by Mia McKenzie
On Saturday, George Zimmerman was acquitted of all charges in the murder of Trayvon Martin. Or, put another way, white supremacy allowed a man to stalk and murder an unarmed black teenager and walk away. If you don’t understand how and why this case was about race, which, I believe, requires only the barest minimum of understanding about the world we live in, then this piece is not for you. I’m not the least bit interested in explaining something so incredibly obvious. If you insist on pretending that none of this is about race, please just excuse yourself from this conversation. You don’t deserve to sit at the grown-ups’ table.
If you’re still reading, I’ll assume you don’t have your head up your ass and that the role of race in this case is clear to you. Great. Now, since we’re all on the same page, my only question is:
Are we mad enough yet?
Because here’s the thing: the system didn’t fail. The system did precisely what it was designed to do. This is the way it has always worked. The way it worked for Emmett Till 60 years ago, for Rekia Boyd 16 months ago, and for the countless unarmed black and brown people killed by white supremacy before, in between, and after them. This country was built on the dehumanization of people of color–the genocide of the Native American, the enslavement and mass murder of the African. This is what we do. So, the question isn’t why. The question isn’t how, in 2013, this is still possible. The question is, simply, are we mad enough yet? And if so, what are we prepared to do about it?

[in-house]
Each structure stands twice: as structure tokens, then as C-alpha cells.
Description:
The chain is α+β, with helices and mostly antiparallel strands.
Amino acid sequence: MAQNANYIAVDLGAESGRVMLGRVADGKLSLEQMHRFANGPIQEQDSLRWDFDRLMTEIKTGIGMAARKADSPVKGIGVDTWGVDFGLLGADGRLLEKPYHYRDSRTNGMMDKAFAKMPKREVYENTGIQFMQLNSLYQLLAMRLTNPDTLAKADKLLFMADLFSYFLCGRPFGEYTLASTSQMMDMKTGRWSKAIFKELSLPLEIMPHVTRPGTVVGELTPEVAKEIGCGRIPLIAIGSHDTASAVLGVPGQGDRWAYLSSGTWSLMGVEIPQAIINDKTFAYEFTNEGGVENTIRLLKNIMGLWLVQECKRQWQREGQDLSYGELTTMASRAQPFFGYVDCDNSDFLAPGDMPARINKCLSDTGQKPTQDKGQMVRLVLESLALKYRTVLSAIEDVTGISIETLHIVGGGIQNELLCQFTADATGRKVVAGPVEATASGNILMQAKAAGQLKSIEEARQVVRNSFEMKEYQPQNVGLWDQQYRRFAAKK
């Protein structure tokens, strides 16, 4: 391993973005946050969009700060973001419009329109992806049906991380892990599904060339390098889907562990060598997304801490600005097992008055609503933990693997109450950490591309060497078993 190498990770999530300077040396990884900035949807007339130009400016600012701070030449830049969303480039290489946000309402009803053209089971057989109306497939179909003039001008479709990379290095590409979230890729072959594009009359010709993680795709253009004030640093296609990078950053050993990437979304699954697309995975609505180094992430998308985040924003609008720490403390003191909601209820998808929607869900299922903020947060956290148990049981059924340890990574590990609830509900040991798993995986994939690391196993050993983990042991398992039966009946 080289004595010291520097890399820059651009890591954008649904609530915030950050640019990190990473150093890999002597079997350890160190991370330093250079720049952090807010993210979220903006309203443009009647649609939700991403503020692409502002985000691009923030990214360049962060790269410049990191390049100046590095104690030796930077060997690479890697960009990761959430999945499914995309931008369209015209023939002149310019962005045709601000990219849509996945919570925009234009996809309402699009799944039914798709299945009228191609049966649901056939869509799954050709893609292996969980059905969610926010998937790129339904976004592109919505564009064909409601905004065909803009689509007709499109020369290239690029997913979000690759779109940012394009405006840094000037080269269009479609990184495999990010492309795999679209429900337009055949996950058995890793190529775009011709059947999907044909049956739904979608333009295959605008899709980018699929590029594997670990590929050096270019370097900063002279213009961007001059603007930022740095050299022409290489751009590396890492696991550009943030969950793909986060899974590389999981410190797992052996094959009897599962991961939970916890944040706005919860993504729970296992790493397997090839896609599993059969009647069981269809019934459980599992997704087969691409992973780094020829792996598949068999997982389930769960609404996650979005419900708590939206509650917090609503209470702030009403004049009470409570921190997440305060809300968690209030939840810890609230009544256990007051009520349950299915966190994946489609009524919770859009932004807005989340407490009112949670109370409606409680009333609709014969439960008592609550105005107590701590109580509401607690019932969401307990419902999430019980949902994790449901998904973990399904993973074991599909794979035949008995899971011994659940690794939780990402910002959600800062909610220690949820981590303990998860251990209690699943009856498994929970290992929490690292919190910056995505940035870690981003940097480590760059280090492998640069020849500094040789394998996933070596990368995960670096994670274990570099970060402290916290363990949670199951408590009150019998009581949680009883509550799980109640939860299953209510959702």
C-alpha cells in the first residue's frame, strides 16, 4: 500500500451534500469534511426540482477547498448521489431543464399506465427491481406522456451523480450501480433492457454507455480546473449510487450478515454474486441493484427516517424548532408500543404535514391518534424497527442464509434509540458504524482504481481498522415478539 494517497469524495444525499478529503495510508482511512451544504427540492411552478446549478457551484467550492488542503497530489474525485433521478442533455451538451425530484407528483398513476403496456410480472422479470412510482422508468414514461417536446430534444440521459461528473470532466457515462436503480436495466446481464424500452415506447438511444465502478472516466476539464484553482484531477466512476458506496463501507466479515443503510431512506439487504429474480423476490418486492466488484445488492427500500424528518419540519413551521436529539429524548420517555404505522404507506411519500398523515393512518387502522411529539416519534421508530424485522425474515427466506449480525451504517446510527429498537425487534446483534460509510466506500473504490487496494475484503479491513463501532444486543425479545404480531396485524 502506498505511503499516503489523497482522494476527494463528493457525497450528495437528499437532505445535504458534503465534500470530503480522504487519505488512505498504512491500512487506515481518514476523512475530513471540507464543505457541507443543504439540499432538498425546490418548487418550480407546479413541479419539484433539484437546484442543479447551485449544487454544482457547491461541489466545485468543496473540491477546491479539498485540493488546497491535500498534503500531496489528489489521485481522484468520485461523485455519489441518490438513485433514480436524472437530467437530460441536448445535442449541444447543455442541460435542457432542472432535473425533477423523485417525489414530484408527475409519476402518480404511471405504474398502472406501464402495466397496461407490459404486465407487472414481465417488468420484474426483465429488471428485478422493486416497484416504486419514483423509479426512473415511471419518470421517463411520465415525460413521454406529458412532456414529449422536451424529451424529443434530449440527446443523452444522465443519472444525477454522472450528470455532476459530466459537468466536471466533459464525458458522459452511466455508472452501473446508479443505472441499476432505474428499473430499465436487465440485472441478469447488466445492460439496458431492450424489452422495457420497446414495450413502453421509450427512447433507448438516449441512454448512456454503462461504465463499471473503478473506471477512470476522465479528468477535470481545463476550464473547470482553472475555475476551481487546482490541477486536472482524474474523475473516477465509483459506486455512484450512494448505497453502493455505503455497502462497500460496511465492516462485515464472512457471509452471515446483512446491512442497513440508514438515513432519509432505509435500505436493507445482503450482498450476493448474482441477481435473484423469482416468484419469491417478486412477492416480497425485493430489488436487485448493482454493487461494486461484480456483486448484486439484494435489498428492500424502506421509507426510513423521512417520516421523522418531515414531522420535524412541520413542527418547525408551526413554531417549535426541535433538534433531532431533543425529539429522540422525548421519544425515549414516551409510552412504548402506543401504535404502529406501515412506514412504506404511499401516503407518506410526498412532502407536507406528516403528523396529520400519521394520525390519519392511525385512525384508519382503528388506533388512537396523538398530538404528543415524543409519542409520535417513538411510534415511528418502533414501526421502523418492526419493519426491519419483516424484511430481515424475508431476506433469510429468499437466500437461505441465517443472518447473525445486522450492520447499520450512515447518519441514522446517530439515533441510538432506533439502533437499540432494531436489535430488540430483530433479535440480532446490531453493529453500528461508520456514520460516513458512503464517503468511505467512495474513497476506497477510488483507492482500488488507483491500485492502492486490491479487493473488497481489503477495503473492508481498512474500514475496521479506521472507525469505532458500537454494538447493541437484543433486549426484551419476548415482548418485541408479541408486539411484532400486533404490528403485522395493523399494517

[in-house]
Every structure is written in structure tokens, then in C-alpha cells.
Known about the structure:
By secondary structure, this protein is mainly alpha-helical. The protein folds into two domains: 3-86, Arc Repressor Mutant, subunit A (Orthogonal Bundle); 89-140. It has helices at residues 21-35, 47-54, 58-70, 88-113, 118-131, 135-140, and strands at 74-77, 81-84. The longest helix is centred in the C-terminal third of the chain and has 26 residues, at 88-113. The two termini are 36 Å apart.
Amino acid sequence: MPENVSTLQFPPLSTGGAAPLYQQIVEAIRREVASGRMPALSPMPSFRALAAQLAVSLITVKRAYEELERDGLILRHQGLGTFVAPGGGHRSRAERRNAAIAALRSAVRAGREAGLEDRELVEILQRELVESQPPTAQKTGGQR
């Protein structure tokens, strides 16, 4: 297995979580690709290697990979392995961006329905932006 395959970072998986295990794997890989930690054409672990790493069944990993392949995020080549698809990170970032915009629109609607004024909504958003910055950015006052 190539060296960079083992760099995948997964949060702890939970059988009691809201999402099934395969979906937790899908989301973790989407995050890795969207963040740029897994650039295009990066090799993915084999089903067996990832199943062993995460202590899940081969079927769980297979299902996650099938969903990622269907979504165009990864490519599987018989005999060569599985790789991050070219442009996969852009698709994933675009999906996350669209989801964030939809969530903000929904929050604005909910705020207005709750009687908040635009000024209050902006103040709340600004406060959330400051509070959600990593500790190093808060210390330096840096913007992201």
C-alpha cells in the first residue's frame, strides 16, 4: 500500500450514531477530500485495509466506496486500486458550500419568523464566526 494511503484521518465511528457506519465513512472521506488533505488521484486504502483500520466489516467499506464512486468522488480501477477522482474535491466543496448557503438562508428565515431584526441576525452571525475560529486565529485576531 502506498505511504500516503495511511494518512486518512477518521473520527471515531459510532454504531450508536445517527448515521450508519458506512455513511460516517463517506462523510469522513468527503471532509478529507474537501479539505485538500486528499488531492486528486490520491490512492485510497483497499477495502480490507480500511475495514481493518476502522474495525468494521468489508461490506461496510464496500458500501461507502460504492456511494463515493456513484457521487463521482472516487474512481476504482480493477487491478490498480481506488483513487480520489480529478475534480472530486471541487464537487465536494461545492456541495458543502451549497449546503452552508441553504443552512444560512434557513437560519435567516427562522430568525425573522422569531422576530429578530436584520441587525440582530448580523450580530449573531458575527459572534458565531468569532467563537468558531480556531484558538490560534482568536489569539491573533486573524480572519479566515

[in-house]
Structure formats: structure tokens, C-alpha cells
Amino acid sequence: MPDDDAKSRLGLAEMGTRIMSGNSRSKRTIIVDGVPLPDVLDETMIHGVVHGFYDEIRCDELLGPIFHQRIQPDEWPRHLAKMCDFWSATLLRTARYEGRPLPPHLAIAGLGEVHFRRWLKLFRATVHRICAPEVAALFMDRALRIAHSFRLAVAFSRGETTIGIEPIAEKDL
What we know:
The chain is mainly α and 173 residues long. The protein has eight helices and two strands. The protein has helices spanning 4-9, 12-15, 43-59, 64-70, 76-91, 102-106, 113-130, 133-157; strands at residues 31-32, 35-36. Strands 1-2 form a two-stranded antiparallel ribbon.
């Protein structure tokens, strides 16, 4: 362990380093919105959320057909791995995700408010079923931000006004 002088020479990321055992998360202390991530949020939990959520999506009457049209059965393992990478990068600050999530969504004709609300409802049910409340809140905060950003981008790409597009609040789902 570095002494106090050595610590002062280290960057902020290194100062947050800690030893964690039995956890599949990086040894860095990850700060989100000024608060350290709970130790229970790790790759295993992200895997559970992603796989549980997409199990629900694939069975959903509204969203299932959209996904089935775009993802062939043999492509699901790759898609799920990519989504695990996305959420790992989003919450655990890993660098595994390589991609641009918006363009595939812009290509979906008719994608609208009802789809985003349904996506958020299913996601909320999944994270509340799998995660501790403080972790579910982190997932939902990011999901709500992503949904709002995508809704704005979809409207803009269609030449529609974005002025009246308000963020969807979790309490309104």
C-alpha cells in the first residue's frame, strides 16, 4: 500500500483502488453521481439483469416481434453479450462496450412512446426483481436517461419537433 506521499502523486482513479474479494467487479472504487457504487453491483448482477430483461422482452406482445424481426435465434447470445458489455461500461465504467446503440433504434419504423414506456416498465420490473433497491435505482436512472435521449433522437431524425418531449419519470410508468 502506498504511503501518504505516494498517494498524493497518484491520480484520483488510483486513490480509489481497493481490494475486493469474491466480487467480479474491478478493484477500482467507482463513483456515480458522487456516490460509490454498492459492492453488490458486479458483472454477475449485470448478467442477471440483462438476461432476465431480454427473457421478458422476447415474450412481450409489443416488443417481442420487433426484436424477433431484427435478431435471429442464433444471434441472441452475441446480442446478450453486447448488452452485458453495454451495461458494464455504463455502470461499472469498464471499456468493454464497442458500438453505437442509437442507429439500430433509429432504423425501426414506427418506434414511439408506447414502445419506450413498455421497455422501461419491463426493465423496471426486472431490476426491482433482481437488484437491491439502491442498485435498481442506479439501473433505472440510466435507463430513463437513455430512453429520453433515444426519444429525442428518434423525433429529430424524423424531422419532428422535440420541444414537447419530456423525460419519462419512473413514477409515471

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Mia McKenzie is an award-winning writer and the creator of Black Girl Dangerous.
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